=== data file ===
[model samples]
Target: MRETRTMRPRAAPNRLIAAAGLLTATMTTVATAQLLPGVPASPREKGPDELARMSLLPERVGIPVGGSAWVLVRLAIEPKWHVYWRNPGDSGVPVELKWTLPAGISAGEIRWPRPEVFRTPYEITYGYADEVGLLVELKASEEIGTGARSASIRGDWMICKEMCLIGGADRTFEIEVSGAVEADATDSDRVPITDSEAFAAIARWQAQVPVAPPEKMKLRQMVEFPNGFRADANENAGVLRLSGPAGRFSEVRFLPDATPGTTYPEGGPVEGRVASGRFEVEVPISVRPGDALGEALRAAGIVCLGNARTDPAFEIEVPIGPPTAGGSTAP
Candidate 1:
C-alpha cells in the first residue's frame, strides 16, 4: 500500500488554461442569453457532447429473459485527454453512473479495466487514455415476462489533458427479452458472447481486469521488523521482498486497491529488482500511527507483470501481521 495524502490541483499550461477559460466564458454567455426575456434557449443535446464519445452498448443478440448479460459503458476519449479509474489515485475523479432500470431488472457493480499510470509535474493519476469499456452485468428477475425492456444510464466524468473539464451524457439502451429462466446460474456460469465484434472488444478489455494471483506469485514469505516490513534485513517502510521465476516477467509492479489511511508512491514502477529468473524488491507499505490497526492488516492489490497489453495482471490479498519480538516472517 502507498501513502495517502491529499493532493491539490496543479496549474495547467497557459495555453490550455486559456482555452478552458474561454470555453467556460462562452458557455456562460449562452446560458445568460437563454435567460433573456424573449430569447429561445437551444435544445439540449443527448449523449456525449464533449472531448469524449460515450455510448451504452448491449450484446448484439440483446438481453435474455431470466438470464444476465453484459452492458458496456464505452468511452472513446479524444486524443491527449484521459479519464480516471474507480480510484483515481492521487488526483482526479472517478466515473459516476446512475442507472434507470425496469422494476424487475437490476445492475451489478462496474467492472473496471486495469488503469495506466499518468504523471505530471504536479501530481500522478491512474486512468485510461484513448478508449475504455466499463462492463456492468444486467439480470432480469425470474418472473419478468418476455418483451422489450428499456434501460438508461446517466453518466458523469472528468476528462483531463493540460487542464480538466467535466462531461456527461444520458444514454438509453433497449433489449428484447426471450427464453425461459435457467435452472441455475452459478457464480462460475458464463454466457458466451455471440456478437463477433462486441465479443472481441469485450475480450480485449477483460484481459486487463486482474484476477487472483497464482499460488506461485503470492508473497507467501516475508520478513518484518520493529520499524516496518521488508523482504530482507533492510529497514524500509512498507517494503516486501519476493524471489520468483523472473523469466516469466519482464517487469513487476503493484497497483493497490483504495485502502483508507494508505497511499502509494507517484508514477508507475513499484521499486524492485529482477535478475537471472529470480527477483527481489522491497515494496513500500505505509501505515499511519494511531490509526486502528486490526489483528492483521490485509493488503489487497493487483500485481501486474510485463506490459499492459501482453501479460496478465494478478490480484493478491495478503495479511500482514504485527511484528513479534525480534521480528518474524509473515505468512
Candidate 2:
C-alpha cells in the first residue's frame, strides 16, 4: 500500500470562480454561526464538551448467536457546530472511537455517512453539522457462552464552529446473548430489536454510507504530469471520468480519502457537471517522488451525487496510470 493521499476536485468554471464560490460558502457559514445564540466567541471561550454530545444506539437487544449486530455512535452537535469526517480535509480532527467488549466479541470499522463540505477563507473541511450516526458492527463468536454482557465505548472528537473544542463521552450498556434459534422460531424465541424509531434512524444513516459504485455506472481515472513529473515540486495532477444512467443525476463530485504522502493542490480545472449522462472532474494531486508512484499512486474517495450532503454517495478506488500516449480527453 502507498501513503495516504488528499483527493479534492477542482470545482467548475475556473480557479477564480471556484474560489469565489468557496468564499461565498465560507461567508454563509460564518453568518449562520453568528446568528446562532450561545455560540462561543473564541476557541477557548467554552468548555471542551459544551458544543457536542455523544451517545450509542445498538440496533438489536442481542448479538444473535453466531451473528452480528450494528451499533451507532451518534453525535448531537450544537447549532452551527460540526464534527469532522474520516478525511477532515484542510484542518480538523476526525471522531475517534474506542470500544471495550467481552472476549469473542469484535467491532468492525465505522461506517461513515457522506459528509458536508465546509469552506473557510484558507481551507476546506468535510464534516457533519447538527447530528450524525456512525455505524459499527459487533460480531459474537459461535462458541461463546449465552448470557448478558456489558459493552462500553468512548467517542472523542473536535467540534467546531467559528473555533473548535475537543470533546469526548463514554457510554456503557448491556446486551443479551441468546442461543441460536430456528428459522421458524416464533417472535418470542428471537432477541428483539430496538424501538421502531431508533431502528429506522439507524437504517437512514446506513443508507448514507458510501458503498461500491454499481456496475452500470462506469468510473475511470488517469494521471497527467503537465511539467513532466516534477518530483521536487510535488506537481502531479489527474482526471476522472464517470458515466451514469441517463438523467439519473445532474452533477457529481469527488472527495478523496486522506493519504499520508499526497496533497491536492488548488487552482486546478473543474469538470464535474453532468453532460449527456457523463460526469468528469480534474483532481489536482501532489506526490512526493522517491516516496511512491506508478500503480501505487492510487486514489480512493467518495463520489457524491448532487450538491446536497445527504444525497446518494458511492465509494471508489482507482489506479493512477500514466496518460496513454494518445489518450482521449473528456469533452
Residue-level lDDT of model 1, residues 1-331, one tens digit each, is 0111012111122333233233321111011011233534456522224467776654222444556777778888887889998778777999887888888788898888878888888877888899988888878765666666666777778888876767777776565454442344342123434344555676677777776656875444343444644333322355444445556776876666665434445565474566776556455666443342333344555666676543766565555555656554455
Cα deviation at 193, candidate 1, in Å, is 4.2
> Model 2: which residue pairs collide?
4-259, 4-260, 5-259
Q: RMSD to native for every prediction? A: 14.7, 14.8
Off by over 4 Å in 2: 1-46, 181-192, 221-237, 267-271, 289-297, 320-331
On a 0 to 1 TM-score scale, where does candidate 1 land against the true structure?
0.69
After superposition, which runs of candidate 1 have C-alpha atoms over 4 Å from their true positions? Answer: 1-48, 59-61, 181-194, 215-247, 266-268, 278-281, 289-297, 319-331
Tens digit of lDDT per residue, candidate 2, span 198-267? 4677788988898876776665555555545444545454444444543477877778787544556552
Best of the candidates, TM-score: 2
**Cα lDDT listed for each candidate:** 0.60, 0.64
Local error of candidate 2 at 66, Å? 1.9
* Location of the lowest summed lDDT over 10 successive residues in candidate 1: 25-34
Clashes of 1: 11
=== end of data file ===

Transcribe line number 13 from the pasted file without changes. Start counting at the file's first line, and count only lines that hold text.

On a 0 to 1 TM-score scale, where does candidate 1 land against the true structure?